The Washington Post reported that, since the attack, the CIA and other intelligence analysts have settled on a hybrid view of the attack, suggesting that the Cairo protest sparked militants in Libya, who quickly mobilized the assault on U.S. facilities in Benghazi. 𖏪] Details about possible al-Qaeda links were not in initial talking points used by both Petraeus and UN Ambassador Susan Rice because they were preliminary and based on classified sources, intelligence officials said.

CBS News reported that the Office of the Director of National Intelligence (DNI) cut specific references to "al Qaeda" and "terrorism" from the unclassified talking points given to Ambassador Susan Rice on the attack, with the agreement of the CIA and FBI. 𖏫]

In a White House press briefing to reporters, Press Secretary Jay Carney told reporters: "There was no protest outside the Benghazi facility. To this day, it is the assessment of this administration and of our intelligence community and certainly the assessment of your colleagues and the press who have interviewed participants on the ground in the assault on our facilities in Benghazi that they acted at least in part in response to what they saw happening in Cairo and took advantage of that situation." 𖏬]


Libya Attack Brings Challenges for U.S.

Police officers threw stones and tear gas during clashes in Cairo.

Credit. Amr Abdallah Dalsh/Reuters

Police officers threw stones and tear gas during clashes in Cairo.

Credit. Amr Abdallah Dalsh/Reuters

A protester’s eyes were doused with milk after tear gas was fired in Cairo.

Credit. Amr Abdallah Dalsh/Reuters

Secretary of State Hillary Rodham Clinton and President Obama.

Credit. Paul J. Richards/Agence France-Presse — Getty Images

CAIRO — Islamist militants armed with antiaircraft weapons and rocket-propelled grenades stormed a lightly defended United States diplomatic mission in Benghazi, Libya, late Tuesday, killing the American ambassador and three members of his staff and raising questions about the radicalization of countries swept up in the Arab Spring.

The ambassador, J. Christopher Stevens, was missing almost immediately after the start of an intense, four-hour firefight for control of the mission, and his body was not located until Wednesday morning at dawn, when he was found dead at a Benghazi hospital, American and Libyan officials said. It was the first time since 1979 that an American ambassador had died in a violent assault.

American and European officials said that while many details about the attack remained unclear, the assailants seemed organized, well trained and heavily armed, and they appeared to have at least some level of advance planning. But the officials cautioned that it was too soon to tell whether the attack was related to the anniversary of the Sept. 11 attacks.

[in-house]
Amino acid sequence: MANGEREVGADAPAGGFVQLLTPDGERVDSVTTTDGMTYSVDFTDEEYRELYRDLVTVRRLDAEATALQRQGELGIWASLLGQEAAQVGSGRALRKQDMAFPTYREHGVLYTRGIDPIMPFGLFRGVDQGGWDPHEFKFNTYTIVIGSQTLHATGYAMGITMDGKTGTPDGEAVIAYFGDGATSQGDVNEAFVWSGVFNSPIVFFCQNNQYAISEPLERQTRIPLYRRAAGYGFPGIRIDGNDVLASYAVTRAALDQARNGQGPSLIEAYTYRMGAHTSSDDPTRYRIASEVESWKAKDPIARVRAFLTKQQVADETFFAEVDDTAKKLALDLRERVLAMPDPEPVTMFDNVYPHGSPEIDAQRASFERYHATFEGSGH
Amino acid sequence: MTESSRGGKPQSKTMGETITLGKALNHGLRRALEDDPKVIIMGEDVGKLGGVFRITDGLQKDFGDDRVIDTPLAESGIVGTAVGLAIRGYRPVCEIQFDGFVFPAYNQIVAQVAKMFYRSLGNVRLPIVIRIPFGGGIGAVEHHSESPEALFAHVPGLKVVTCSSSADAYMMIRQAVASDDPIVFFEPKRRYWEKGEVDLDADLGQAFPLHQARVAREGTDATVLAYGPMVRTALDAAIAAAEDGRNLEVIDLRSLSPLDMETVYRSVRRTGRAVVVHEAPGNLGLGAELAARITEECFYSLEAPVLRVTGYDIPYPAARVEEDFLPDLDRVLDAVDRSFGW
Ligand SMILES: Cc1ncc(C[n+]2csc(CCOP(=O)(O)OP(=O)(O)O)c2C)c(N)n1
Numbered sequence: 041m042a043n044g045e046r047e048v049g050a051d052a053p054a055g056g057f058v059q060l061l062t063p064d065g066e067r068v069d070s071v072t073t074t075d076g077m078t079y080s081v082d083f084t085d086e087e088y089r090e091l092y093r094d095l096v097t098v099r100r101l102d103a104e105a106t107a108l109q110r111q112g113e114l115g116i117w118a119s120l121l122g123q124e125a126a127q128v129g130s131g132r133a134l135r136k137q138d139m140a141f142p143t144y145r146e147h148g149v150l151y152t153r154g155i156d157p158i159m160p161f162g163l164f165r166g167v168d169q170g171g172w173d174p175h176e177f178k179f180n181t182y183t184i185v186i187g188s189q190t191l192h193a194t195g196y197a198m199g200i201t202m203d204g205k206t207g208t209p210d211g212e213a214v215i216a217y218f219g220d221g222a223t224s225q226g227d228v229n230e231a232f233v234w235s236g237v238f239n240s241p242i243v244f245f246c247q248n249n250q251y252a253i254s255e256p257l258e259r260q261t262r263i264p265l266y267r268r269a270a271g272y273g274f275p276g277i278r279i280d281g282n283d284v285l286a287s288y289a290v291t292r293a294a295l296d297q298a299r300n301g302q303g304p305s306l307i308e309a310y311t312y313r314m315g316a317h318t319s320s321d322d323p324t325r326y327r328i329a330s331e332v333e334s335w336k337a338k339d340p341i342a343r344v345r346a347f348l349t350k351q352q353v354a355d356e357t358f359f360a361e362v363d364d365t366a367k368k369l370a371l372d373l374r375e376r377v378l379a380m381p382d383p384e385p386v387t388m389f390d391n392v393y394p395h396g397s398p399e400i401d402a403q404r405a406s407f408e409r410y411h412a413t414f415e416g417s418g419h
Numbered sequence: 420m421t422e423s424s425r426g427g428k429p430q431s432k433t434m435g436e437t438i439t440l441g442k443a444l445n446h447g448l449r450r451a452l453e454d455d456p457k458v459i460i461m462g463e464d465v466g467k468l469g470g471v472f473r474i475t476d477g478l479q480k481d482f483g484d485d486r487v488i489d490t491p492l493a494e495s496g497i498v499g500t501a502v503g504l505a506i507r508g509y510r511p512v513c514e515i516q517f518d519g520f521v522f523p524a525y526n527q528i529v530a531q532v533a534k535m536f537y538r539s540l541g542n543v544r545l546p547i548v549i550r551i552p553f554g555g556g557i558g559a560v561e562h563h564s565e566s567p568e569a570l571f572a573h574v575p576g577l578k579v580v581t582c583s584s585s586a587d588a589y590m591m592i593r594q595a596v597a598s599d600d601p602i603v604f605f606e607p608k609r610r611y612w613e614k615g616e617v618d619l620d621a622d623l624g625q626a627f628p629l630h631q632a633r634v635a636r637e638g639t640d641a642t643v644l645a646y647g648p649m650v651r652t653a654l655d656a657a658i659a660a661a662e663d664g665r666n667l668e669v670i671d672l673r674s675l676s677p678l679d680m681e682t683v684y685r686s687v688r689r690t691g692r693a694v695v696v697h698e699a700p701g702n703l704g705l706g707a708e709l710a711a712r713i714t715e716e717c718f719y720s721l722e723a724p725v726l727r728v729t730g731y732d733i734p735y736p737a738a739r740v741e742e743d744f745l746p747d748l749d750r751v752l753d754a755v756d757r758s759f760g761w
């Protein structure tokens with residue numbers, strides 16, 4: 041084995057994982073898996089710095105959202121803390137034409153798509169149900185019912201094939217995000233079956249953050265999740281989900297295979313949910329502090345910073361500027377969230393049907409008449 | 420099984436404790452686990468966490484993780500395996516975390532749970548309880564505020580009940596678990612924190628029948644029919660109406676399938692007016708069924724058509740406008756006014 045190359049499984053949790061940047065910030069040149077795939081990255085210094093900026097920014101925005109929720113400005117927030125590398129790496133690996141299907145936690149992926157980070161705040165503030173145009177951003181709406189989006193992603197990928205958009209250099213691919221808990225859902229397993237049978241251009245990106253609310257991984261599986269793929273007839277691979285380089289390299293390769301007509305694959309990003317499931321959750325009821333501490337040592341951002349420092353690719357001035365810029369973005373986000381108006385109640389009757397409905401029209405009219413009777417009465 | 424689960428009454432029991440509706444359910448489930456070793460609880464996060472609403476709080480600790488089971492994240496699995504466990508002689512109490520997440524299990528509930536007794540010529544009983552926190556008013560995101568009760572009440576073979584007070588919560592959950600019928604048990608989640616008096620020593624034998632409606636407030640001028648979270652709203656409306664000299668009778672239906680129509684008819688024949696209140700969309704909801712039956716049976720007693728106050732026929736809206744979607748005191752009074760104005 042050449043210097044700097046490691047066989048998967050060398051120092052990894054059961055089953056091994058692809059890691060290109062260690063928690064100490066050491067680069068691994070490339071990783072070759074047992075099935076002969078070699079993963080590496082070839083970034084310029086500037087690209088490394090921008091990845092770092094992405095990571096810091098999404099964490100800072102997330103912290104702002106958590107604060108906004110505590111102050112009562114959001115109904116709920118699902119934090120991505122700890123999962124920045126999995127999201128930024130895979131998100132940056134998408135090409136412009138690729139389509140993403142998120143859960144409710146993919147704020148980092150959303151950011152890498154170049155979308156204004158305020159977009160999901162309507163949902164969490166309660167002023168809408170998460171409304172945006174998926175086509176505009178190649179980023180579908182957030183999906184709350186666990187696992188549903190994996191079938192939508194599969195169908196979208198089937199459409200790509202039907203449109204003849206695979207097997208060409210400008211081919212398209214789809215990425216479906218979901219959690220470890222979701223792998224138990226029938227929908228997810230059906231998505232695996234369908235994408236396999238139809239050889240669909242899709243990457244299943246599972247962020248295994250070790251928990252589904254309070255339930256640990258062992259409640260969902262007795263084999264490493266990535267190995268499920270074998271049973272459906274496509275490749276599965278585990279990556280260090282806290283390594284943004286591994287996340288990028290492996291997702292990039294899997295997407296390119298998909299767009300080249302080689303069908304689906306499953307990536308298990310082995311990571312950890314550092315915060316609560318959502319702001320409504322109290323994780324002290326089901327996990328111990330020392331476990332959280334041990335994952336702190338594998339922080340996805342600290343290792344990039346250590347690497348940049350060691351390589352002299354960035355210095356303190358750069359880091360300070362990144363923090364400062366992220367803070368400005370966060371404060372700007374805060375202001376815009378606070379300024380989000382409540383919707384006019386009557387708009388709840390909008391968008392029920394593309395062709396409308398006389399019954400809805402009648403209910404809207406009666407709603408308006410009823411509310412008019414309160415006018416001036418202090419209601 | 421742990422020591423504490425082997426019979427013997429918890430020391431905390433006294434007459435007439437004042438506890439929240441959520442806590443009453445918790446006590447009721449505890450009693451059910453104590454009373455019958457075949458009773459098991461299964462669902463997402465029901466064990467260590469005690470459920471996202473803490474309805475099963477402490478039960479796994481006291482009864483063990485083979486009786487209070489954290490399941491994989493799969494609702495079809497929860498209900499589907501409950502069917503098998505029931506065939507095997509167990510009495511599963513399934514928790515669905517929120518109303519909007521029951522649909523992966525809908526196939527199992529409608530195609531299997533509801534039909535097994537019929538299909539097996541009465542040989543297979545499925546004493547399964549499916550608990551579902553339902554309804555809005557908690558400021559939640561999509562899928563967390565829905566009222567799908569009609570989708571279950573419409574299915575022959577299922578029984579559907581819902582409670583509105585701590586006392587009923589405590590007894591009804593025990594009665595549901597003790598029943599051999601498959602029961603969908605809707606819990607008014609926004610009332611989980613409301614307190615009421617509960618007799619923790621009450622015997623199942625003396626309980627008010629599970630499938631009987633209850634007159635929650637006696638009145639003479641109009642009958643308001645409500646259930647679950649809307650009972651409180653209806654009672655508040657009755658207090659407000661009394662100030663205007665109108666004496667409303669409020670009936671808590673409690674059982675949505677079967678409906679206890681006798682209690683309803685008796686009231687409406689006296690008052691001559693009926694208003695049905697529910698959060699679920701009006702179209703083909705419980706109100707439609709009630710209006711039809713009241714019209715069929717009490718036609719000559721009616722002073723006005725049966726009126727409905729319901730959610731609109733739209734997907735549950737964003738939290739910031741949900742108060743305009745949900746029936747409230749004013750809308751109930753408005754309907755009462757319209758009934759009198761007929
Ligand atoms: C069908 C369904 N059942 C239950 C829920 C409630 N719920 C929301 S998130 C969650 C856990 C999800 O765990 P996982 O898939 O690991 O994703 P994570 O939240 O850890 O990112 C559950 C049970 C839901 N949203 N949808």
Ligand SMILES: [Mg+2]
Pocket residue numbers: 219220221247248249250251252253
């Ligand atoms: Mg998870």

Fighters involved in the assault, which was spearheaded by an Islamist brigade formed during last year’s uprising against Col. Muammar el-Qaddafi, said in interviews during the battle that they were moved to attack the mission by anger over a 14-minute, American-made video that depicted the Prophet Muhammad, Islam’s founder, as a villainous, homosexual and child-molesting buffoon. Their attack followed by just a few hours the storming of the compound surrounding the United States Embassy in Cairo by an unarmed mob protesting the same video. On Wednesday, new crowds of protesters gathered outside the United States Embassies in Tunis and Cairo.

The wave of unrest set off by the video, posted online in the United States two months ago and dubbed into Arabic for the first time eight days ago, has further underscored the instability of the countries that cast off their longtime dictators in the Arab Spring revolts. It also cast doubt on the adequacy of security preparations at American diplomatic outposts in the volatile region.

Benghazi, awash in guns, has recently witnessed a string of assassinations as well as attacks on international missions, including a bomb said to be planted by another Islamist group that exploded near the United States mission there as recently as June. But a Libyan politician who had breakfast with Mr. Stevens at the mission the morning before he was killed described security, mainly four video cameras and as few as four Libyan guards, as sorely inadequate for an American ambassador in such a tumultuous environment. “This country is still in transition, and everybody knows the extremists are out there,” said Fathi Baja, the Libyan politician.

Obama Vows Justice

President Obama condemned the killings, promised to bring the assailants to justice and ordered tighter security at all American diplomatic installations. The administration also sent 50 Marines to the Libyan capital, Tripoli, to help with security at the American Embassy there, ordered all nonemergency personnel to leave Libya and warned Americans not to travel there. A senior defense official said that the Pentagon sent two warships toward the Libyan coast as a precaution.